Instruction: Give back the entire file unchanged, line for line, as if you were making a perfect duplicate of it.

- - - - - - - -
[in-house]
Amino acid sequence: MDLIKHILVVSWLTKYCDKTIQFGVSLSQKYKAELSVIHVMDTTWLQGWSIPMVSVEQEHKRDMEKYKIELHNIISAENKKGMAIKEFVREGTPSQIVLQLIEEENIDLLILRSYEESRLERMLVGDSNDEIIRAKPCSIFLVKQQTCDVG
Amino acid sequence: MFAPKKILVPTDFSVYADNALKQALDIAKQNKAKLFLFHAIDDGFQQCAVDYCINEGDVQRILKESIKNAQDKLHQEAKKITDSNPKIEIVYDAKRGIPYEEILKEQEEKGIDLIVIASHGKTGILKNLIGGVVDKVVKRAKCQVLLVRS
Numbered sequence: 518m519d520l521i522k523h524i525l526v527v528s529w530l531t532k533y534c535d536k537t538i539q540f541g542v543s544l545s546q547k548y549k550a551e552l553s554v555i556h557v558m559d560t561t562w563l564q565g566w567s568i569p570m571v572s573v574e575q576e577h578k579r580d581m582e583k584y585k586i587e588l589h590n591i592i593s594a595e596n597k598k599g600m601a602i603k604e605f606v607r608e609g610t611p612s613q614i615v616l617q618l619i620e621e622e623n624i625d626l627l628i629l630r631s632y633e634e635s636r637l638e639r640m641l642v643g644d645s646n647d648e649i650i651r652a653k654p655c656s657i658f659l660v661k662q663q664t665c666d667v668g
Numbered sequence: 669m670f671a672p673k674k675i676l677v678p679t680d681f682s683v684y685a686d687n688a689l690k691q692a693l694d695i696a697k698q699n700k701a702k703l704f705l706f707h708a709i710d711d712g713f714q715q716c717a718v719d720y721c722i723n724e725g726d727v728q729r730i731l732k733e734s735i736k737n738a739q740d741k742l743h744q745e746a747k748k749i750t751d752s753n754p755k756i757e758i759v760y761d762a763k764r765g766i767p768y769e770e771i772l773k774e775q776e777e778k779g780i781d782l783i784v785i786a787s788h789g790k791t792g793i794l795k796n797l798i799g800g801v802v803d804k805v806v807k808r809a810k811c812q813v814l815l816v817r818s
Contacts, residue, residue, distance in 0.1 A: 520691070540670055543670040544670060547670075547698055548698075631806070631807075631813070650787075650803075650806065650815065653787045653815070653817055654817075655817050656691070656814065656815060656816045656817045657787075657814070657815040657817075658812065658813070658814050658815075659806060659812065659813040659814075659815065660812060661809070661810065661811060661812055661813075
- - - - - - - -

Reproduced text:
[in-house]
Amino acid sequence: MDLIKHILVVSWLTKYCDKTIQFGVSLSQKYKAELSVIHVMDTTWLQGWSIPMVSVEQEHKRDMEKYKIELHNIISAENKKGMAIKEFVREGTPSQIVLQLIEEENIDLLILRSYEESRLERMLVGDSNDEIIRAKPCSIFLVKQQTCDVG
Amino acid sequence: MFAPKKILVPTDFSVYADNALKQALDIAKQNKAKLFLFHAIDDGFQQCAVDYCINEGDVQRILKESIKNAQDKLHQEAKKITDSNPKIEIVYDAKRGIPYEEILKEQEEKGIDLIVIASHGKTGILKNLIGGVVDKVVKRAKCQVLLVRS
Numbered sequence: 518m519d520l521i522k523h524i525l526v527v528s529w530l531t532k533y534c535d536k537t538i539q540f541g542v543s544l545s546q547k548y549k550a551e552l553s554v555i556h557v558m559d560t561t562w563l564q565g566w567s568i569p570m571v572s573v574e575q576e577h578k579r580d581m582e583k584y585k586i587e588l589h590n591i592i593s594a595e596n597k598k599g600m601a602i603k604e605f606v607r608e609g610t611p612s613q614i615v616l617q618l619i620e621e622e623n624i625d626l627l628i629l630r631s632y633e634e635s636r637l638e639r640m641l642v643g644d645s646n647d648e649i650i651r652a653k654p655c656s657i658f659l660v661k662q663q664t665c666d667v668g
Numbered sequence: 669m670f671a672p673k674k675i676l677v678p679t680d681f682s683v684y685a686d687n688a689l690k691q692a693l694d695i696a697k698q699n700k701a702k703l704f705l706f707h708a709i710d711d712g713f714q715q716c717a718v719d720y721c722i723n724e725g726d727v728q729r730i731l732k733e734s735i736k737n738a739q740d741k742l743h744q745e746a747k748k749i750t751d752s753n754p755k756i757e758i759v760y761d762a763k764r765g766i767p768y769e770e771i772l773k774e775q776e777e778k779g780i781d782l783i784v785i786a787s788h789g790k791t792g793i794l795k796n797l798i799g800g801v802v803d804k805v806v807k808r809a810k811c812q813v814l815l816v817r818s
Contacts, residue, residue, distance in 0.1 A: 520691070540670055543670040544670060547670075547698055548698075631806070631807075631813070650787075650803075650806065650815065653787045653815070653817055654817075655817050656691070656814065656815060656816045656817045657787075657814070657815040657817075658812065658813070658814050658815075659806060659812065659813040659814075659815065660812060661809070661810065661811060661812055661813075